"I have bad news and I have worse news," the man on the telephone said.
It was the furniture store calling to tell me that the dresser I'd bought for Thing 2 was on backorder until August. The worse news, he said, was the bookshelf I'd ordered for Ittybit was discontinued and it wouldn't be coming at all.
"That's it? That's not a big deal," I said calmly. It was the morning of the day Thing 2 would be born, and I was trying to rest. With all the angst and worry over last-minute potential health issues for the new baby -- a enlarged kidney discovered in a 36-week ultrasound, and a forewarning that such anomalies are considered markers for Down syndrome -- it was obvious to me, the lack of furniture doesn't rise to the level of "bad" anything. (Unless of course the dresser or bookcase falls on you, and then THAT WOULD be bad.)
I was nervous -- that was true -- but I was also ready. After opening up and telling people about our worries, I got a crash course in kindness. People from all over sent word that they were praying for us and thinking about us and about Thing 2.
Then there was something I didn't expect to happen: A reader sent me an article from the New York Times that looked into the change in our communities since the medicine has made leaps and bounds in prenatal detection of chromosomal abnormalities such as Trisomy 21 or Down syndrome.
The article claimed that roughly 90 percent of mothers who are given this information early on abort the fetus. It makes sense, but it also does something else. It changes the face of our society. With fewer children born with Down syndrome, there will likely be implications such as fewer services available to those individuals as well as a shrinking social circle.
I'm not sure which made me more melancholy: that we could have a special needs child in a few hours or that this child's circle of support would be shrinking from year to year.
It's not that I'd want my child to have difficulties, no parent does. But I know that none of us gets through this life without disappointments, situations we can't control and hardships. Down syndrome, after all, isn't the worst diagnosis one could have. There are hardships, for sure, but ultimately it just means a different kind of life.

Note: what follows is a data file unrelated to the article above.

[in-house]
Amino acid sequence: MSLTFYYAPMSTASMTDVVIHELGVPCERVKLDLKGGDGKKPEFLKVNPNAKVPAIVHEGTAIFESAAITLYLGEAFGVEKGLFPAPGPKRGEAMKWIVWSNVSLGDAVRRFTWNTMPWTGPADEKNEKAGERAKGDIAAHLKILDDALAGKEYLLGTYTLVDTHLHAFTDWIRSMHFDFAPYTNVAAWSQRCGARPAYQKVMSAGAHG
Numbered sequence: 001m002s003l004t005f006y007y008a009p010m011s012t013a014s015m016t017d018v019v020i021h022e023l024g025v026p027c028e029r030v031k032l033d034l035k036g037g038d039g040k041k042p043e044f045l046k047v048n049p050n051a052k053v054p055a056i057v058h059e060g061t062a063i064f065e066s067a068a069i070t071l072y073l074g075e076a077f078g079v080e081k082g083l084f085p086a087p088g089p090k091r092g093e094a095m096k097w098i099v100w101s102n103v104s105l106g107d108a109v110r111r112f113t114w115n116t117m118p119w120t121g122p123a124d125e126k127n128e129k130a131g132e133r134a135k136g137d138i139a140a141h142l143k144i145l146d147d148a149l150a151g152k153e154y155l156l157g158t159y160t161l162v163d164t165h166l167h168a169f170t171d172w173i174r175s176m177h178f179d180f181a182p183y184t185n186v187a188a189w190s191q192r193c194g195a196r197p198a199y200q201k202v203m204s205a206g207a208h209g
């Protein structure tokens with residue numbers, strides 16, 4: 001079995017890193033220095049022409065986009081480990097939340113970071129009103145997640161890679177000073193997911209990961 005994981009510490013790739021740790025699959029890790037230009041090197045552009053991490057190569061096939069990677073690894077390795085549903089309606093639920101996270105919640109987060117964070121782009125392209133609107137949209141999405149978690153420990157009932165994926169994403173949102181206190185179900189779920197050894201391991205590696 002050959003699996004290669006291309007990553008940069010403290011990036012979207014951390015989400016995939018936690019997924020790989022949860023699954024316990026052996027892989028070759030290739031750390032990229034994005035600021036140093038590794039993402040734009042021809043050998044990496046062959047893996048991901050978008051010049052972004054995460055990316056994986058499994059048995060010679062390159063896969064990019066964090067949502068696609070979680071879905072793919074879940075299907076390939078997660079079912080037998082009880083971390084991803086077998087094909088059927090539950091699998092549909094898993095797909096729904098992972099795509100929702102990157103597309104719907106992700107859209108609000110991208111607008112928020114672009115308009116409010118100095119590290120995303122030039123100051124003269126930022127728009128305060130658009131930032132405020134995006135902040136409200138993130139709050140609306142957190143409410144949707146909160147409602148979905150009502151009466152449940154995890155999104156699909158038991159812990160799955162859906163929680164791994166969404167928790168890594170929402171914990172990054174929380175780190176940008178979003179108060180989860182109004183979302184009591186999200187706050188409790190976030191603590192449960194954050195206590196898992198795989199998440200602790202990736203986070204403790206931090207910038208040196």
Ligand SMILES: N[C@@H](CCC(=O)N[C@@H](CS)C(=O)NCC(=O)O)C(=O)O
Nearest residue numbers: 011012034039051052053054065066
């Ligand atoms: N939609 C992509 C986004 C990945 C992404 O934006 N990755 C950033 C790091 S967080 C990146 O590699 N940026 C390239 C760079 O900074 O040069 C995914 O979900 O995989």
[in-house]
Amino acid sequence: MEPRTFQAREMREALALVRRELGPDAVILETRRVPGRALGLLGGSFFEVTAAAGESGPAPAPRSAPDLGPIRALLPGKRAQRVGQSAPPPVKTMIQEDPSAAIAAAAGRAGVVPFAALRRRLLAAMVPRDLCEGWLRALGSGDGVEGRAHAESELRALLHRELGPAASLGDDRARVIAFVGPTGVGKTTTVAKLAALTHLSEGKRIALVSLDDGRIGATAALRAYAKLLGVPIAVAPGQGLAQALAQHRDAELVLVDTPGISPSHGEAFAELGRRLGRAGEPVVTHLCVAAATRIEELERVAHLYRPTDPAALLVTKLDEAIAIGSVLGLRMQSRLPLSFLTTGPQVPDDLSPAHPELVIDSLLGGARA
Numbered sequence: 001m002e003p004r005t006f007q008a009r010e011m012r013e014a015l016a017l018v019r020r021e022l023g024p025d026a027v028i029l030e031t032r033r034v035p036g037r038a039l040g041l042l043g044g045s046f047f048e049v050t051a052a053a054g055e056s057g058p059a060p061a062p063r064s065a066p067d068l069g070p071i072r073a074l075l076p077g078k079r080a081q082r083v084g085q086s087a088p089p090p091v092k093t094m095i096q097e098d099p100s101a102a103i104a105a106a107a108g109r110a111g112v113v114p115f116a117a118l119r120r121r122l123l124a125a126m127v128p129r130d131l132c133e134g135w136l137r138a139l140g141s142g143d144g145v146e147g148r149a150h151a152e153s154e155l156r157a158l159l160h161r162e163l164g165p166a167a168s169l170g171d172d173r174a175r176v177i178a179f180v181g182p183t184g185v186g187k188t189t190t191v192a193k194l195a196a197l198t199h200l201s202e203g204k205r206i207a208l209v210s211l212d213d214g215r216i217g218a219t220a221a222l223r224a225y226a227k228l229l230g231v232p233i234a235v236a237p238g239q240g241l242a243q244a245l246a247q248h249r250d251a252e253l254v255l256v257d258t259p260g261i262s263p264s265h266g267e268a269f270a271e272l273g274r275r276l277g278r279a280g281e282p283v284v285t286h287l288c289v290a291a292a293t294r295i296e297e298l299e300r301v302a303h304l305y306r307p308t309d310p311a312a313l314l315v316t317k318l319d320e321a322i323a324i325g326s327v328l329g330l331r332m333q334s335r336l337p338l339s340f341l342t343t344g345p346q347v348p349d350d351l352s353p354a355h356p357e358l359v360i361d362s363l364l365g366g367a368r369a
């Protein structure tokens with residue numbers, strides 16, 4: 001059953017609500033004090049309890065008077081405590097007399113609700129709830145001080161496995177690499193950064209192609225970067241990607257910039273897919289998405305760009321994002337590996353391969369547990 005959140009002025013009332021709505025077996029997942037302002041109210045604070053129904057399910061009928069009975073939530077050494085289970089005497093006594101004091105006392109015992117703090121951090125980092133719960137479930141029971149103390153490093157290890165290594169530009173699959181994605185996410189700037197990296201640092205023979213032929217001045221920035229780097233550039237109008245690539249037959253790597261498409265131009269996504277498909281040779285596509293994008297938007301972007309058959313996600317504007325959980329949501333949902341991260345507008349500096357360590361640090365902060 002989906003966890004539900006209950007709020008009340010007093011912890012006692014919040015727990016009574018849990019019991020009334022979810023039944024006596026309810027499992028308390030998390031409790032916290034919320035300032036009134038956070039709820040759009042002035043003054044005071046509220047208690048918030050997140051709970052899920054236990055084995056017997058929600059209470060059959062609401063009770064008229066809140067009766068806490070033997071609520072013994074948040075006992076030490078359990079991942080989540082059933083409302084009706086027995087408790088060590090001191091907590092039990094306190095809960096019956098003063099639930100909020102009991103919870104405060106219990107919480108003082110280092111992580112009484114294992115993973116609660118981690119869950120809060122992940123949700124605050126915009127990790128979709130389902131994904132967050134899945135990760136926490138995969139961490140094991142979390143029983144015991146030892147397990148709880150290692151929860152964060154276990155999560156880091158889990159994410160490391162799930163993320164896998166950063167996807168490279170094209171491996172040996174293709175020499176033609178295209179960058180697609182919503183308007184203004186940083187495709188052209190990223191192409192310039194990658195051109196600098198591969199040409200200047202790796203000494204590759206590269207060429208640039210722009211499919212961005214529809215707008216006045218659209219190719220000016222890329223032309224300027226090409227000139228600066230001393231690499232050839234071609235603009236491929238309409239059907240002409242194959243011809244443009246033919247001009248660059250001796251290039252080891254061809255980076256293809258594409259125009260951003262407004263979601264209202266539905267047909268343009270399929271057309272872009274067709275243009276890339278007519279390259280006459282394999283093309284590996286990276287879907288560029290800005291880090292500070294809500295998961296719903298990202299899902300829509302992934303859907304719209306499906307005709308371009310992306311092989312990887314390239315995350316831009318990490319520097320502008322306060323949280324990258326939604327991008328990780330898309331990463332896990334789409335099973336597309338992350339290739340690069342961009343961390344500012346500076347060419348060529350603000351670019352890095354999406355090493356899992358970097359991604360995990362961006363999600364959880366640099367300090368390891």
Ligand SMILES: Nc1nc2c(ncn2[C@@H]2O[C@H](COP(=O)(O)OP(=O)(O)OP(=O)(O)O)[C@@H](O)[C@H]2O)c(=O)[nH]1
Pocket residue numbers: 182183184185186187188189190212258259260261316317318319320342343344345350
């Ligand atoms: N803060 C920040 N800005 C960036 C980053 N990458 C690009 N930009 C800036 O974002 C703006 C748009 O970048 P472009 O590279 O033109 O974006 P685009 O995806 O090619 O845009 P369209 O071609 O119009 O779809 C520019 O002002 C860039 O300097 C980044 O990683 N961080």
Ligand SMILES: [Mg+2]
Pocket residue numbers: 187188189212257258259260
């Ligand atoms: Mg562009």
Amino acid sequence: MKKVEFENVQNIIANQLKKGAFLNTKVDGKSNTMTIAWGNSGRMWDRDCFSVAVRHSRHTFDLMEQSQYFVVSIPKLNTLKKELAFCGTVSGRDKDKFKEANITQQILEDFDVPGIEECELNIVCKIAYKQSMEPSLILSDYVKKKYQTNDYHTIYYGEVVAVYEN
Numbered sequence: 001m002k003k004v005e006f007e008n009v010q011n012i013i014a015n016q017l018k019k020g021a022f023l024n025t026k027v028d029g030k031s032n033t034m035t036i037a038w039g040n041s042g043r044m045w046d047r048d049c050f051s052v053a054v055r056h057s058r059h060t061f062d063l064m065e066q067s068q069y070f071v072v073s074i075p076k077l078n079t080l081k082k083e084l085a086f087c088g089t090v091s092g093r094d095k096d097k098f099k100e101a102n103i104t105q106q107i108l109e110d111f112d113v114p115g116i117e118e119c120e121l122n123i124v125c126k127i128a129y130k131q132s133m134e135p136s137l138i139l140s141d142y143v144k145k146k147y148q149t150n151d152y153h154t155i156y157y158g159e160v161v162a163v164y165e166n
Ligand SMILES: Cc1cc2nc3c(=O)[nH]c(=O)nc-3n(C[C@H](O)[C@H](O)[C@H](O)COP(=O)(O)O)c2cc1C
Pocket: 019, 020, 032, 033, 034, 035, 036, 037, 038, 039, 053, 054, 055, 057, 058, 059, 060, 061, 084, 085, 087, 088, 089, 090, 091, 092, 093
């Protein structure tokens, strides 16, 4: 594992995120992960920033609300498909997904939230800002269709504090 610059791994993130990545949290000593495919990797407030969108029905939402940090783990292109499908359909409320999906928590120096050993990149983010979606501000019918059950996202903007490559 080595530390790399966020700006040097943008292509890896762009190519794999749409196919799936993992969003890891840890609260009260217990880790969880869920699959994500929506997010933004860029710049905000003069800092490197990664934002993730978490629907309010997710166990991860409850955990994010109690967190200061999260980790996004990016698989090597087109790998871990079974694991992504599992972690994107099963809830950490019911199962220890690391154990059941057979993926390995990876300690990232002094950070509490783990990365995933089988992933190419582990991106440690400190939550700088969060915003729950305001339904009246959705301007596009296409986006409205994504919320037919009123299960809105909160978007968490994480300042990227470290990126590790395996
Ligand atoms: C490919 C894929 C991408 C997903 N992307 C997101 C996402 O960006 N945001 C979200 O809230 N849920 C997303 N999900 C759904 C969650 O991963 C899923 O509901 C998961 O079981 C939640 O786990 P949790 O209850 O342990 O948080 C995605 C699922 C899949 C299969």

We all make decisions for ourselves and our families based on so many different little bits of information. So yes, I was nervous. I was worried. I wanted the best possible outcome, like all parents do.
In the childbirth center, my doctor prepared me for everything that could happen: The kidlet could be perfectly fine and join us directly in the recovery room or he might have some problems that would require him to be sent to the Neonatal Intensive Care Unit; there was also the possibility that we still wouldn't have all the answers we wanted to have when he was born, but that no one would keep any information from me.
The important thing was that no matter what happened, he was going to be getting the best care and that ultimately he would be happy and he would be loved.
I took a deep breath and let it out. No turning back now.
And when the good doctors brought him screaming and kicking into the world, the high-risk pediatrician checked him over and pronounced him healthy and definitely "NOT" a Down syndrome baby.
We had all the assurances we needed.
And then our red-faced boy peed on the doc's stethoscope. His father was so proud.
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